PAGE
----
PNP: Albayalde, 'ninja cops' innocent until proven guilty

MANILA, Philippines – The Philippine National Police (PNP) said on Saturday, October 19, that it will let "fairness and due process of law take its course" in relation to  resigned chief General Oscar Albayalde and the 13 alleged "ninja cops" under reinvestigation over an anomalous drug operation in 2013.

The PNP issued the statement a day after the  Senate blue ribbon and justice committees recommended the filing of criminal charges against Albayalde and 13 cops who used to serve under him when he was Pampanga police chief.

"The PNP will let justice, fairness, and due process of law take its course. All accused remain innocent until proven guilty," the PNP said in a statement sent to reporters, who asked for a comment on the Senate panels' recommendation.

"We leave it to Police General Oscar Albayalde and the other concerned PNP personnel, with their respective legal teams to address the other side issues that may come with their possible criminal indictment as recommended by the Senate panel," the PNP added.

In November 2013, the 13 cops reported a buy-bust operation that yielded over 30 kilograms of shabu (methamphetamine) and the arrest of a one suspect in Mexico, Pampanga. Months later, an independent police probe revealed that the cops did not declare over 160 kilograms of shabu and arrested a fall guy instead of the real suspect.

Details about the operation, which happened under the nose of then Pampanga police chief Albayalde, and incidents related to it were incidentally revived during the Senate hearing on drug recycling and became the primary focus of the Senate investigation. During the hearings, it was revealed that Albayalde allegedly intervened twice in the case.

Senate blue ribbon chairman Richard Gordon said in a briefing on Friday that Albayalde "caused undue injury to the State," and that the 13 cops were "guilty of malfeasance, misfeasance and nonfeasance." (READ: 'Spectacle of a grand cover-up': Senate hearing bares how 'ninja cops' remain in service)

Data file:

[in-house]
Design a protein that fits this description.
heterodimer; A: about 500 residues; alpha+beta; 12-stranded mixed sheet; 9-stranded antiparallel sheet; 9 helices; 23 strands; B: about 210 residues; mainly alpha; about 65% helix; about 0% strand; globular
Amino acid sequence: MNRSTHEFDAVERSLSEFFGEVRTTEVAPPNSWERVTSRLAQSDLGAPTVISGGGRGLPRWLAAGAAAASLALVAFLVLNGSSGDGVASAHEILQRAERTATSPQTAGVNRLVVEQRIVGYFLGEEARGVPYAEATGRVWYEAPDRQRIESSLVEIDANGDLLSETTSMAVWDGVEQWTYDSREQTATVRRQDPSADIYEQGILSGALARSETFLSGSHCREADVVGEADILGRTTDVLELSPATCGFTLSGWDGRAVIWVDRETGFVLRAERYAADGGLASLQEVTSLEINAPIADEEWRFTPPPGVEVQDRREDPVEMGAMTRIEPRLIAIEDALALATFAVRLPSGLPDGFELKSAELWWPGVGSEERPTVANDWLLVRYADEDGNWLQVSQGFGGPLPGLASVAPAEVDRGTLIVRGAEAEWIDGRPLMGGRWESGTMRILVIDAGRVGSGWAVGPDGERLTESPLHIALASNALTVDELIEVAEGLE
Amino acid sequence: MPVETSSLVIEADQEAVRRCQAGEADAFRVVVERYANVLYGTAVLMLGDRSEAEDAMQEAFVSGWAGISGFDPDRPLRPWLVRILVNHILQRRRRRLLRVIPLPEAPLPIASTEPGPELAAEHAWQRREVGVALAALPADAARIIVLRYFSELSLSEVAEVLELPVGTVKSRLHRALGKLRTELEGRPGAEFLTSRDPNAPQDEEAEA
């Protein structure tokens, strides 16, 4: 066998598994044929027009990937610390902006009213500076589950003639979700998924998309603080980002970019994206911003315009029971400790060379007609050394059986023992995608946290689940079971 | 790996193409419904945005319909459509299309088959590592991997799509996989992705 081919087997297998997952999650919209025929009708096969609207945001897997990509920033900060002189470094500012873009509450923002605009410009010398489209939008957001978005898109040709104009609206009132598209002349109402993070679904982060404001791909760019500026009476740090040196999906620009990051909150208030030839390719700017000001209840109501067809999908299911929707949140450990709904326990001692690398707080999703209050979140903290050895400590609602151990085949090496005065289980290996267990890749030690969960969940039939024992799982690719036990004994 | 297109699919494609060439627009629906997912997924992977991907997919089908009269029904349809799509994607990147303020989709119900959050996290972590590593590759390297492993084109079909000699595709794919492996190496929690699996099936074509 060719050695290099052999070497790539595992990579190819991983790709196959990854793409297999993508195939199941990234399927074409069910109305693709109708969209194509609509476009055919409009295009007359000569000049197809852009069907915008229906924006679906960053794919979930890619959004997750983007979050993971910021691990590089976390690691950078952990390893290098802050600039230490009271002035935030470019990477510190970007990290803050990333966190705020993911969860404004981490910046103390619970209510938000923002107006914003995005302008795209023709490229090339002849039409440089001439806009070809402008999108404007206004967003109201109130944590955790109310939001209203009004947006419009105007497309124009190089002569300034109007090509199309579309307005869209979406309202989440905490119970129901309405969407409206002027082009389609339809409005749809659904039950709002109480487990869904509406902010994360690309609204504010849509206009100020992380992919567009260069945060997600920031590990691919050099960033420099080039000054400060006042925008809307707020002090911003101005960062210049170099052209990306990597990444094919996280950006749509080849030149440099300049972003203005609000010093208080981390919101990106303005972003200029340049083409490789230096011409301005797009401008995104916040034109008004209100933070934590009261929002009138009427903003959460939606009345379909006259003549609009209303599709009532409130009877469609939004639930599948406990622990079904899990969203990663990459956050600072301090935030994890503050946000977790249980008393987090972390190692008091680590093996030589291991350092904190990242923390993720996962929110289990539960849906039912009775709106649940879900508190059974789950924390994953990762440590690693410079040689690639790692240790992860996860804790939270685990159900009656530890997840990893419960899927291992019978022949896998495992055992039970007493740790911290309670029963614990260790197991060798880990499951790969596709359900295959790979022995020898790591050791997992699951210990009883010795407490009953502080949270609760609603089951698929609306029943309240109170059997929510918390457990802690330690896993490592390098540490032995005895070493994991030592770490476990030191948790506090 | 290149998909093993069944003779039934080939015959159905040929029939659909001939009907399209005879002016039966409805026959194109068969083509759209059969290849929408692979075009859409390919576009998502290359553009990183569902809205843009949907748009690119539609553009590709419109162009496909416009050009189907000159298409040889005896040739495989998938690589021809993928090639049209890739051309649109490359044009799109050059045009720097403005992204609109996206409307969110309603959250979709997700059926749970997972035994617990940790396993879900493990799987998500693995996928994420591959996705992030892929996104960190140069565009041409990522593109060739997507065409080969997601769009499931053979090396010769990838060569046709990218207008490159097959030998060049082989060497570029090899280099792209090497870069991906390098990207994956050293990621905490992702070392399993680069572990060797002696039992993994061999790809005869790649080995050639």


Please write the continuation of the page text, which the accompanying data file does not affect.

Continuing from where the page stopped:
The report has been forwarded to the Department of Justice and the Office of the Ombudsman, which would then decide on the complaints against the cops. The DOJ began reinvestigating the case following the revelations at the Senate hearings.

The cops were initially ordered dismissed, following a PNP investigation of the drug raid, but the punishment was eventually downgraded to a one-rank demotion.

Since the Senate hearings, the 13 cops had been placed on floating status while Albayalde is technically on non-duty status – the equivalent of a terminal leave for civilian agencies – which means he still keeps the 4-star rank of PNP chief until he retires on November 8 at the latest.

President Rodrigo Duterte had earlier defended Albayalde from criticism over the latter's alleged involvement in the 2013 drug operation, and even said he would wait for the results of the investigation of Interior Secretary Eduardo Año into the case, but later accepted Albayalde's resignation. 

Duterte had also expressed frustration over the persistence of rogue cops under his watch, which had been magnified by the Senate hearings.

In response to this, the PNP assured the President on Saturday: "The PNP is responsive to the President Duterte’s challenge and the public’s call for change. We fully understand his frustrations and misgivings over the recent turn of events involving some PNP personnel. But we will not let him down," it said.

"We assure our people that the PNP remains on track with renewed vigor to reform itself into the ideal shape to fight crime, illegal drugs, and corruption," the PNP added. – Rappler.com

Rambo Talabong

Rambo Talabong covers security, crime, and the city of Manila for Rappler. He was chosen as a Jaime V. Ongpin Fellow in 2019 for his reporting on President Rodrigo Duterte’s war on drugs.

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